For The New York Times, Kirk Johnson and Conor Dougherty interviewed people experiencing homelessness for the first time in the California city of Santa Rosa. Some consider themselves lucky to have grabbed cell phones, passports and a few clothes before fleeing the deadly blazes. (If you don’t have time to read the whole article, look for the story of a man named John Page.)
Most of the fire refugees who gathered at a donation center did not even have “the paper trail of their lives: deeds and marriage licenses, tax files and social security cards.” Formerly secure Americans are learning the hell of being without documents, a condition all too familiar to both the chronically and temporarily homeless people of America.
Of the estimated 100,000 Northern California evacuees, some travelled as far as 70 miles to take refuge in San Francisco and Oakland, which were pretty crowded already, and expensive. A lot of those folks have nothing left to go back to. The cost in human lives is terrible with 40 people already known to have died.
NIMBY all over again
An old joke goes, “What’s the difference between a developer and an environmentalist? The developer wants to build a house in the woods; the environmentalist already has one.” This has been part of the problem in the state’s counties of Napa and Sonoma, where new housing starts come nowhere near to matching the number of new residents.
The people who work in San Francisco and Silicon Valley have to live somewhere, but there is resistance to building in rural areas. The reporters also cite…
[…] the complexities of California’s housing, zoning and building regulations, and the environmental problems involved in cleaning up home sites made toxic by the ash from the fire.
Climate change increasingly plays a part in the likelihood of more fires. Tribune News Service describes the recent past and the probable future:
Six years of drought was followed by record winter snow and rain, followed by record heat from April through September. Santa Rosa hit 110 degrees Sept. 1, a record high for the date. Five weeks later parts of the city caught fire, destroying hundreds of homes and businesses. Worse extremes can be expected in coming decades.
Some Santa Rosa evacuees are sleeping at the Sonoma Fairgrounds on Red Cross cots. Others are 20 miles away at a shelter manned by the National Guard. What will change in the aftermath of the current fire disaster? Housing prices were already ridiculously high and can only get worse, now that nearly 6,000 buildings have been destroyed. There will be many things to consider, in future housing plans, including better escape routes.
No one is exempt
Recent events make it very clear that people experiencing homelessness are not a different species. A fire can happen to anybody. Almost everyone knows someone whose life was changed irrevocably by a fire. Fire plays no favorites, and some of the narratives contain painful irony. For instance, a 2012 story (that has not been archived on the Internet) described how a Syracuse, New York, couple who had devoted their lives to helping the homeless, were themselves made homeless by a fire.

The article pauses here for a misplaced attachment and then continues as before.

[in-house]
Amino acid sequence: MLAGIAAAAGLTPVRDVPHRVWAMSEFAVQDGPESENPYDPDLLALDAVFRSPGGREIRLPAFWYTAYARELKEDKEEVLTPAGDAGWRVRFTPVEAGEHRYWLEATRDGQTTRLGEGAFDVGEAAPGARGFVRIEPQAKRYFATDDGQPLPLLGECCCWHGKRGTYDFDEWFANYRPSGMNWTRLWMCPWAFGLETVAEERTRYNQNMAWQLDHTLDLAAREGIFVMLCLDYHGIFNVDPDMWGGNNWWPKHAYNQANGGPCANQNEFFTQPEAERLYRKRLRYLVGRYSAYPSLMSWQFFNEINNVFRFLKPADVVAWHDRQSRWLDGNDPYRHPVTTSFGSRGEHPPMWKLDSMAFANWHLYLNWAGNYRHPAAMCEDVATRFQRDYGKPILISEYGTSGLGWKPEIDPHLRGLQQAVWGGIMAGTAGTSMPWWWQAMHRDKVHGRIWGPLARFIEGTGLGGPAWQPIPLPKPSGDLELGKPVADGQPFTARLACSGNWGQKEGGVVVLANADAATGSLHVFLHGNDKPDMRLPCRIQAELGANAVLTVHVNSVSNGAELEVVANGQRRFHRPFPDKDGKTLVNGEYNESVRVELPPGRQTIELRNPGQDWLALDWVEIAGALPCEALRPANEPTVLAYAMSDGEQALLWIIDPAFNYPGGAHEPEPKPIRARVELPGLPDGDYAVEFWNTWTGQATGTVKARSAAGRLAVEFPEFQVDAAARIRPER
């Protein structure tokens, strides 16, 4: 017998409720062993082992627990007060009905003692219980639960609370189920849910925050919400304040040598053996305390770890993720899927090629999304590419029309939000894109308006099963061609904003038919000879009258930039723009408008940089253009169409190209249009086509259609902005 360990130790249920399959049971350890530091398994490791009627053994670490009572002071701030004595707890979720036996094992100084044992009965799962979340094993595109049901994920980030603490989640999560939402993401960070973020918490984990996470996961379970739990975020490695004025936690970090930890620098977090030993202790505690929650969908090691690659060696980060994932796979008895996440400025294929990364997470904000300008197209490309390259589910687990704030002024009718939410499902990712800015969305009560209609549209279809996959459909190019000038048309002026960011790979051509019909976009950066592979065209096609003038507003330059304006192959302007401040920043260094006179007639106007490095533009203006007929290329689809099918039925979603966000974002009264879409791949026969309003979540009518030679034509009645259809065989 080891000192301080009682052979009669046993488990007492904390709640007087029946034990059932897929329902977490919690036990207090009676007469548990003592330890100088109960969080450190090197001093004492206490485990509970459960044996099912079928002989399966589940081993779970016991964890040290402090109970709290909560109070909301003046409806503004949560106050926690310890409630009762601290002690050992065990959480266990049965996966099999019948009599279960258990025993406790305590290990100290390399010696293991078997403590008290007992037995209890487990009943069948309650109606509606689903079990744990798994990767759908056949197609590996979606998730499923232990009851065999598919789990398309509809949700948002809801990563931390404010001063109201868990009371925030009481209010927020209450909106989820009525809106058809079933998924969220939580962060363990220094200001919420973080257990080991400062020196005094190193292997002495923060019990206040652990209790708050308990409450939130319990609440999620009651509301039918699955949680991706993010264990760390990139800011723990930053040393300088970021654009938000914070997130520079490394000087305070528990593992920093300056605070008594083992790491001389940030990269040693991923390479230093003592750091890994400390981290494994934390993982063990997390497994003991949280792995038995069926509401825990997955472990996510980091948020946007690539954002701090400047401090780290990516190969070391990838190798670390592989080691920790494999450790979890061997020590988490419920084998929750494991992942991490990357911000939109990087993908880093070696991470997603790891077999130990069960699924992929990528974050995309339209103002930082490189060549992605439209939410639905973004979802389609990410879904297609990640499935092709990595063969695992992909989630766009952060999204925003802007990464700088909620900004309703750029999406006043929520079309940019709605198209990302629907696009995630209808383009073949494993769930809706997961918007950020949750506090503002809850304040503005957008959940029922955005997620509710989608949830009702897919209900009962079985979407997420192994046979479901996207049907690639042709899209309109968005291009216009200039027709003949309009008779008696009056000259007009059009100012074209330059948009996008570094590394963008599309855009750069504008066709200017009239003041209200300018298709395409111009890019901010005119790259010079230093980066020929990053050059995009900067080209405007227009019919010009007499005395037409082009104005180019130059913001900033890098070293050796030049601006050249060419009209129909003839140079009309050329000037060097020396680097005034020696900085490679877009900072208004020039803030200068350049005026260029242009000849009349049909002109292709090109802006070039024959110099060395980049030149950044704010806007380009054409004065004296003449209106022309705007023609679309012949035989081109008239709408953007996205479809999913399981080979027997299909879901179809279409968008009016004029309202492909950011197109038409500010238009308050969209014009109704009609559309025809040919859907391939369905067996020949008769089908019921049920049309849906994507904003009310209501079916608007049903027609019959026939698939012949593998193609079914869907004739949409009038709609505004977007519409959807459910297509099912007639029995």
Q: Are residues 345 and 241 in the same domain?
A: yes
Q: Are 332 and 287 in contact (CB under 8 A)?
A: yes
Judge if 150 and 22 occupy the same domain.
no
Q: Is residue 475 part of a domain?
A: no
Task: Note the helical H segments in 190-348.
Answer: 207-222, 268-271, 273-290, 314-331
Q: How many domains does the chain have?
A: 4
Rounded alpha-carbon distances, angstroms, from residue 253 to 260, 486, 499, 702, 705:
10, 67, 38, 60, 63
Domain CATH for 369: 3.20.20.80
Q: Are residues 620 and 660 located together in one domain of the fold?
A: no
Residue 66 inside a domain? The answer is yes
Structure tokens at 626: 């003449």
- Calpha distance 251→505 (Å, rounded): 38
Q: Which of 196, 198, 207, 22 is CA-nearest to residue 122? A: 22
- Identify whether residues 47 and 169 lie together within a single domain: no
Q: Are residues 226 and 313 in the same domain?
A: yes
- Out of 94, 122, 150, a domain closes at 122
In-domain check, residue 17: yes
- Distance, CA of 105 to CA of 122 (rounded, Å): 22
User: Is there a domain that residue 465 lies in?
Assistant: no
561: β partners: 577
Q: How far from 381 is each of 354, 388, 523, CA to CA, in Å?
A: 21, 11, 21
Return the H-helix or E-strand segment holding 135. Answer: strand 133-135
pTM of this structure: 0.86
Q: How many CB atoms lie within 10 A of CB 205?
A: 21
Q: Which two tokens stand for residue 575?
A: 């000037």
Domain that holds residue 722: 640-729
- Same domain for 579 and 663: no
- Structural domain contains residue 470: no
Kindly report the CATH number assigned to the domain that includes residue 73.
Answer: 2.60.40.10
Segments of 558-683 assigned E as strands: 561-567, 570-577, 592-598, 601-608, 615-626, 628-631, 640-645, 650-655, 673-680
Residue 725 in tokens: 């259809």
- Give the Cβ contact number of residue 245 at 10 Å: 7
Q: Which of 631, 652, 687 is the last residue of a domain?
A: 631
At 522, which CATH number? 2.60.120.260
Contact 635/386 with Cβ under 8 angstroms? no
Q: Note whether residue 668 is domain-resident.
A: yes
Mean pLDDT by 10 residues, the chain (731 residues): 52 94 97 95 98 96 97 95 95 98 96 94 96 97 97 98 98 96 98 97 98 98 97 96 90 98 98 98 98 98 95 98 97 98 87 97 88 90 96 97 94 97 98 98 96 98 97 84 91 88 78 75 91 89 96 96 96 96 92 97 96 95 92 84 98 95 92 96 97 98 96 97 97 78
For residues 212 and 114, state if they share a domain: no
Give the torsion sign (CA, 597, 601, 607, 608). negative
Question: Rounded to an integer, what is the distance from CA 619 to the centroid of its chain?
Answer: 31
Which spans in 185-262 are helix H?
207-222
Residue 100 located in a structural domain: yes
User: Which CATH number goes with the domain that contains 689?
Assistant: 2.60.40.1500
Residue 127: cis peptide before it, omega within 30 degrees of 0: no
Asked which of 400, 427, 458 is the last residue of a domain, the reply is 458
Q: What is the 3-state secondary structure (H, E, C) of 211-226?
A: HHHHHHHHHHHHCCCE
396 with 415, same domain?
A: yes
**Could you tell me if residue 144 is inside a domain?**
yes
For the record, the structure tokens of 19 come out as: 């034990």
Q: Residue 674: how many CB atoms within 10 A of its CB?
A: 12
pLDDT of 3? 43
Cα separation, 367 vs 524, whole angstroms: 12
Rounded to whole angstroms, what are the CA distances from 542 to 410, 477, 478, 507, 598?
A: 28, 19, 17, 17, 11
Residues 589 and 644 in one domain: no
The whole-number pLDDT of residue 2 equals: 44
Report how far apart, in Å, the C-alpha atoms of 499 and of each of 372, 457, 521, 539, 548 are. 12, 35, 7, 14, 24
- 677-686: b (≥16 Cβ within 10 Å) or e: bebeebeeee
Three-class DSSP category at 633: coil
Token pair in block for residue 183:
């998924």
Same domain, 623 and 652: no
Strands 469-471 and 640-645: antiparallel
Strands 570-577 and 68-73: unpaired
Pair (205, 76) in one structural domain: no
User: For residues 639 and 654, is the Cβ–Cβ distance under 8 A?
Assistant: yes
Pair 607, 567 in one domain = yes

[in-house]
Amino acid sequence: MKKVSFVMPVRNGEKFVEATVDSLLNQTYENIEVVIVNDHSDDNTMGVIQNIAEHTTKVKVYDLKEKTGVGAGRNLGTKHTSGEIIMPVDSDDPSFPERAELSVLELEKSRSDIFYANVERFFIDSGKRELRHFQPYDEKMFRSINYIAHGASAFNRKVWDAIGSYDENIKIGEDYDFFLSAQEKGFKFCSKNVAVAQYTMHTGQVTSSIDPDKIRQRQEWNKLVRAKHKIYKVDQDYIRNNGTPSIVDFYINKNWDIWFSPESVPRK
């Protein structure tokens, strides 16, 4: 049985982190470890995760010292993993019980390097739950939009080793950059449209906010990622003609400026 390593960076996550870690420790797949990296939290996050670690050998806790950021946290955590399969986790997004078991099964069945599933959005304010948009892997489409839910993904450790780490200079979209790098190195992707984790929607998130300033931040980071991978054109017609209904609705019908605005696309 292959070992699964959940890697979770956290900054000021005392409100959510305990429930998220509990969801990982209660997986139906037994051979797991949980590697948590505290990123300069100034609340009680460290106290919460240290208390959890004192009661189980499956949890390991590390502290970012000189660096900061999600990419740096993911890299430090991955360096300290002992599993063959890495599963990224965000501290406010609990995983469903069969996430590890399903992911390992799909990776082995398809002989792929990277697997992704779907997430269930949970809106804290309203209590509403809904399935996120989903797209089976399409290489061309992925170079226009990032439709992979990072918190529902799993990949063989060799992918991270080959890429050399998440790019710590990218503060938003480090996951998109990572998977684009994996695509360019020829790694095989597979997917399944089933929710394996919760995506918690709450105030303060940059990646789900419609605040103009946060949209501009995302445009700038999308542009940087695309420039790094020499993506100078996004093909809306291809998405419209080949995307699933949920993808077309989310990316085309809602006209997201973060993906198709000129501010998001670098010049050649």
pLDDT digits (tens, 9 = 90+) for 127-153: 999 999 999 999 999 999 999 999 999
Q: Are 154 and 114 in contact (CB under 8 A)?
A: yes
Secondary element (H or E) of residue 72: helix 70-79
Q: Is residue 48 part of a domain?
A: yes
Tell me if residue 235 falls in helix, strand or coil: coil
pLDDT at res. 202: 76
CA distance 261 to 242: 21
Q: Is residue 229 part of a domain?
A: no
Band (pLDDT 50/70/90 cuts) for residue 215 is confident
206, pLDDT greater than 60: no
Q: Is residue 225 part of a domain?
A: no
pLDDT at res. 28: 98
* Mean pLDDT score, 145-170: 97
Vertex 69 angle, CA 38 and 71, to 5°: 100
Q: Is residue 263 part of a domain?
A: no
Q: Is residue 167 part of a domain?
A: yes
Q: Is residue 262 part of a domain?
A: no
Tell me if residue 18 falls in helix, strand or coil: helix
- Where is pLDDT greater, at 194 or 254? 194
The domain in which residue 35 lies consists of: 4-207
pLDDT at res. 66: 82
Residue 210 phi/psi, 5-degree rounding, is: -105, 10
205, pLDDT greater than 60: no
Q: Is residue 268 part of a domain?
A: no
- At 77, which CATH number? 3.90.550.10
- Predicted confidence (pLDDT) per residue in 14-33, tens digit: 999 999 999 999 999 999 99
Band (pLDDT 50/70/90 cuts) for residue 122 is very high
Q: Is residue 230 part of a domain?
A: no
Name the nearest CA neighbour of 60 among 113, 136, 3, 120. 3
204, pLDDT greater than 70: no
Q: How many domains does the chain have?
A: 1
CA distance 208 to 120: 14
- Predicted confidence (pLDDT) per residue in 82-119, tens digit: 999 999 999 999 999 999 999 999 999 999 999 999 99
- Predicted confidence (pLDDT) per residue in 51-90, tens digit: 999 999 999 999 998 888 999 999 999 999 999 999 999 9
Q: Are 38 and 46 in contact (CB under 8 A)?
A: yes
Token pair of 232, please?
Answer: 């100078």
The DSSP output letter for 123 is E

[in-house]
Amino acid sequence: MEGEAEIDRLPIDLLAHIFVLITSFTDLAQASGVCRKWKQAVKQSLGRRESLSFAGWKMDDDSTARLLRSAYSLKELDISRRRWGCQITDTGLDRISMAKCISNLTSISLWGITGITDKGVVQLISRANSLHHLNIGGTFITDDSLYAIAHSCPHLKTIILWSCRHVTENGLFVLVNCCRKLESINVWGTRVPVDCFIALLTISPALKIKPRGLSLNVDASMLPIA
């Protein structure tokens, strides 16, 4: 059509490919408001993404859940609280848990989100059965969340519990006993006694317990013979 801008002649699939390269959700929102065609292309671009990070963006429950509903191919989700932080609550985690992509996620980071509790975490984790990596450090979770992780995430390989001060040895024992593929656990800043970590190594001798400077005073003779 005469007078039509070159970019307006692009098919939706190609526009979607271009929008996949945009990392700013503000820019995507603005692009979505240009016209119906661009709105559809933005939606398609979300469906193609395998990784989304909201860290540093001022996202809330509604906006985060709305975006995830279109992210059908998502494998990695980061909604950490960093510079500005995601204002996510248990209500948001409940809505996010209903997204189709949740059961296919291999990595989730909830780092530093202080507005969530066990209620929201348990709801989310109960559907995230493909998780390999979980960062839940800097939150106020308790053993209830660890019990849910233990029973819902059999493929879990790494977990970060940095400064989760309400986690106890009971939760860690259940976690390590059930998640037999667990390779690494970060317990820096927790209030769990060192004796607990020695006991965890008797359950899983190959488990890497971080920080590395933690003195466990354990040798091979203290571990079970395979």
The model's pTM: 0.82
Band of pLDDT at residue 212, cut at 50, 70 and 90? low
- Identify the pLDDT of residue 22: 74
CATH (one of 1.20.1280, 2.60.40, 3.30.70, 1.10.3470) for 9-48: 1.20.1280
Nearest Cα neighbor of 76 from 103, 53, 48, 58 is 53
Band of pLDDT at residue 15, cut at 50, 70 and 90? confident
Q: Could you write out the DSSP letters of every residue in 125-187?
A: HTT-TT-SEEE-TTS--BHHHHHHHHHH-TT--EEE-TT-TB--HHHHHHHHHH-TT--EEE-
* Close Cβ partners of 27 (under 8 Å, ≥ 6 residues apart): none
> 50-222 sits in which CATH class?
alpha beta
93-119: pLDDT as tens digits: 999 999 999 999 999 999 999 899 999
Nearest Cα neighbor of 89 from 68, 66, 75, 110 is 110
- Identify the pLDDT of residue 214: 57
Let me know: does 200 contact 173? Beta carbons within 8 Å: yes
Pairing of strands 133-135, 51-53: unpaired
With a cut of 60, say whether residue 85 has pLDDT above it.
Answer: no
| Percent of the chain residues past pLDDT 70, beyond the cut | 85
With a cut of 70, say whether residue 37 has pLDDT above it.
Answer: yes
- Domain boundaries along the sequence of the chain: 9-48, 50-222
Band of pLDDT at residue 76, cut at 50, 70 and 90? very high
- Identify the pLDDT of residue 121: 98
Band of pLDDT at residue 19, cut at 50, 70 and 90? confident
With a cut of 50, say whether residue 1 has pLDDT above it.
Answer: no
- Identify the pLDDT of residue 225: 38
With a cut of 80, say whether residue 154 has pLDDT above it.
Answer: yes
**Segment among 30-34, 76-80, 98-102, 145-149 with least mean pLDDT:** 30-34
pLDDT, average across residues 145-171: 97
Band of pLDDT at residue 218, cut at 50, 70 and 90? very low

Seemingly senseless accidents happen, like when a toaster jammed and burned a house leaving an Iowa family of five homeless. In 2015, in Minnesota, a family that had been doubling up with relatives for three months finally completed the formalities and complied with the regulations to move into a house they were buying. The were in residence for only two weeks when a fire made them homeless again.
Sometimes it’s nature, and sometimes human malice is to blame. In January of this year, an apartment fire left 18 people homeless. The man arrested and charged with arson had a grudge against one of the tenants, and had made a previous attempt to burn the building. All kinds of things can happen.
House the Homeless has mentioned T.C. Boyle, whose novel The Tortilla Curtain sketched a heartbreaking picture of the existence of undocumented workers living in a ravine on less than nothing. His newer book, A Friend of the Earth, projects the bleak outlook for the California of the future. When a reporter asked for a remark on the current fires, Boyle said:
People say I was prescient by what I predicted for 2025. The sad joke is I should have said 2015. It is frightening how quickly we got here.
Source: “Fires Leave Many Homeless Where Housing Was Already Scarce,” NYTimes.com, 10/15/17
Source: “Wildfires and weather: Doom fiction called California reality,” WatertownDailyTimes.com, 10/16/17
Source: “Unattended Toaster Sparks Fire, Leaving Family of Five Homeless,” SiouxlandProud.com, 07/26/15
Source: “Previously homeless Winona family loses new home in fire,” KTTC.com, 10/11/15
Source: “Arrest In Buffalo Fire That Left 18 Homeless,” WGRZ.com, 01/22/17
Photo credit: Orin Zebest via Visualhunt/CC BY